In April 2004, a memorandum stating that no later than July 15, 2004, "institutions within the Federal Bureau of Prisons facilities will be free of second hand smoke (specifically inside all buildings)" was issued to the inmate population. (Doc. 14-2, Ex. 1, Att. 3). On June 21, 2004, the policy was amended to ban smoking inside all buildings. Hence, from this point forward, Rosario was housed in a smoke free unit. The policy further designated all outside areas as smoking areas for staff and inmates. (Id. at Att. 4). "Smoking will not take place at or near the entrance to any building where nonsmokers will be subjected to second hand smoke." (Id.). According to Rosario, despite this policy, "inmates frequently smoked inside the cells['] common areas, showers, mop closets etc., and still smoke there [until] this day." (Doc. 16, p. 9, ¶ 1). The policy was amended in September 2004, to limit the outside areas designated as smoking. (Id. at Att. 5).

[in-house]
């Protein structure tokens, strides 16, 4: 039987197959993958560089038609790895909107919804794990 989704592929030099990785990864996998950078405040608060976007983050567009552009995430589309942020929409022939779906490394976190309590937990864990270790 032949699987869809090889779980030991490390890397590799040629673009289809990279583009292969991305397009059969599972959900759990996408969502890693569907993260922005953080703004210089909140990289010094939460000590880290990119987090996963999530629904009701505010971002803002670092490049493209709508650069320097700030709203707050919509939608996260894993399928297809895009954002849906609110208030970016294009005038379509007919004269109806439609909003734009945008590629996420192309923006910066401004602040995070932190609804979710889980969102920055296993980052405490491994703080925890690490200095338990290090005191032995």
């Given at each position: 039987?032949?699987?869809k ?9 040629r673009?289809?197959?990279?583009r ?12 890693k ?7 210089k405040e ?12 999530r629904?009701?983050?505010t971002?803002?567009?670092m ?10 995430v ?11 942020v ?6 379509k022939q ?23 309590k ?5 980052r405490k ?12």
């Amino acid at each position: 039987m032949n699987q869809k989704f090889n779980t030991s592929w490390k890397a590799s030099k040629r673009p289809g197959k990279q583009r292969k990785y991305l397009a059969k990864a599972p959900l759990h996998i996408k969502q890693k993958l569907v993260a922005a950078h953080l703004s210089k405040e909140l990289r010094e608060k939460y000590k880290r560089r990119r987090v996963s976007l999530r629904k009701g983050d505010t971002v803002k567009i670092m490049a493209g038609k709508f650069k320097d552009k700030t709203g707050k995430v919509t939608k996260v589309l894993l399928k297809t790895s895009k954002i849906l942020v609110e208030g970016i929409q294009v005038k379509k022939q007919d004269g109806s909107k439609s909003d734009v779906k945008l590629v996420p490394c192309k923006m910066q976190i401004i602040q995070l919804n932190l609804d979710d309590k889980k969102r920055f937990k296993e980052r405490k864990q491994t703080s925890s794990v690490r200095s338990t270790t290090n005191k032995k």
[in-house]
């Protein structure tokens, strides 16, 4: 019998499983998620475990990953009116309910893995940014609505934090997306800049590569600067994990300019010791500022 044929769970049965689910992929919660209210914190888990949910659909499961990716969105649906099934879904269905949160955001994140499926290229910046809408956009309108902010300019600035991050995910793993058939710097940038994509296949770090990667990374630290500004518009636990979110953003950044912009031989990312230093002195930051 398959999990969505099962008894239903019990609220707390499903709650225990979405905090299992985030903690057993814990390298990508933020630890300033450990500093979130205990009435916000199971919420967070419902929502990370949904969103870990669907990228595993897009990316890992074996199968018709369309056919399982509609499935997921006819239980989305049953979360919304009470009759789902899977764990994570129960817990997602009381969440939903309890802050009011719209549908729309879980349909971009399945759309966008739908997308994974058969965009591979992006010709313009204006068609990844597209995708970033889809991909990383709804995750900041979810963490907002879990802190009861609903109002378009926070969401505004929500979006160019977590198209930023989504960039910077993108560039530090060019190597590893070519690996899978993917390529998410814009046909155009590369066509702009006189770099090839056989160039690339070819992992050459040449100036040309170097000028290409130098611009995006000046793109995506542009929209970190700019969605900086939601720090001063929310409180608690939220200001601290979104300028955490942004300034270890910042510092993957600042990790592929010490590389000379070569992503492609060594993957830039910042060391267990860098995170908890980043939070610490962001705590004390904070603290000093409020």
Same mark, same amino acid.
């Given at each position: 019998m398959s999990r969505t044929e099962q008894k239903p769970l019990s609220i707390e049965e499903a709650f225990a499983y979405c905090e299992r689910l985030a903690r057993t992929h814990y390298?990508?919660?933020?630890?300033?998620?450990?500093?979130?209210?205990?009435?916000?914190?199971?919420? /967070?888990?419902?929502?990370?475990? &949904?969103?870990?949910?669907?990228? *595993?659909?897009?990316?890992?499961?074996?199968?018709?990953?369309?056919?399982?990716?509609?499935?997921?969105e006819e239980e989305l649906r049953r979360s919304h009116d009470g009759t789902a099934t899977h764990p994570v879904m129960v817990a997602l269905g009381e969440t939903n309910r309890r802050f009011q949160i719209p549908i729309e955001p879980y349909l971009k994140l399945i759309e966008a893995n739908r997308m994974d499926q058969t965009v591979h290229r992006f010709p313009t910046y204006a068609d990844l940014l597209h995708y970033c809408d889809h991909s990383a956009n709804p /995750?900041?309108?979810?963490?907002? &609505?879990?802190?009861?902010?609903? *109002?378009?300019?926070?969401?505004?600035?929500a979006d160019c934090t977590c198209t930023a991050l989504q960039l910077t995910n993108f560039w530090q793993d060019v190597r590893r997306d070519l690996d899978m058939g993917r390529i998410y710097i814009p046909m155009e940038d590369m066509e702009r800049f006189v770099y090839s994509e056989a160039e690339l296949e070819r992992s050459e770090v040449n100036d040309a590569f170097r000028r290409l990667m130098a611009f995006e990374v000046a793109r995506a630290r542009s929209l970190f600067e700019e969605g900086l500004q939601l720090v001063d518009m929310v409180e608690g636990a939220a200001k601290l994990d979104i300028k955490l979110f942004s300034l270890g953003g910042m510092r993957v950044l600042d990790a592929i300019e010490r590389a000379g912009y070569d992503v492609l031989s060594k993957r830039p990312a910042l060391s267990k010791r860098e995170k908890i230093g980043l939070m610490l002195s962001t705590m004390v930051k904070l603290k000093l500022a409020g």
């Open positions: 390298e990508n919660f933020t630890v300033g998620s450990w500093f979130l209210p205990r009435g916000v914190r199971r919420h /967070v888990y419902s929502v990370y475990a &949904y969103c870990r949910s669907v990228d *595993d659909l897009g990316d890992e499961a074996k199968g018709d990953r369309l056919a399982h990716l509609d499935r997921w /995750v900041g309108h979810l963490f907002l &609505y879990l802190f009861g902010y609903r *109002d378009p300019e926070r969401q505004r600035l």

On October 26, 2004, Rosario was sent to the medical department because of an "asthma attack." (Doc. 14-2, Ex. 2, Att. 1, p. 17). Because the examination revealed no evidence of wheezing or coughing, he was directed to purchase cold medication from the commissary. (Id. ). Within a month, Rosario again complained of having an asthma attack. He was coughing, short of breath and anxious. Based on the presence of wheezing and rhonchi in both lungs, he was given a nebulizer treatment, placed on an antibiotic and an inhaler. He was monitored over the course of the next several months by the pulmonary clinic. (Id. at p. 17-24). During that time period, he continued his medications and was given a chest x-ray. (Id.). On February 10, 2005, Rosario reported that his condition had improved.

In April 2005, he reported to sick call complaining of a non-productive cough, shortness of breath at night, chest tightness and palpitations. (Id. at p. 25). He was diagnosed with acute bronchitis and asthma exacerbation and treated with an oral steroid and antibiotic and was directed to continue his inhaler and follow-up with the pulmonary care clinic the next week. (Id. at p. 26). He was also placed on a Holter Monitor for monitoring to check if he had any "events." (Id.). The Holter monitor was removed the next day and he was later verbally informed of the results. (Id. at pp. 26, 29).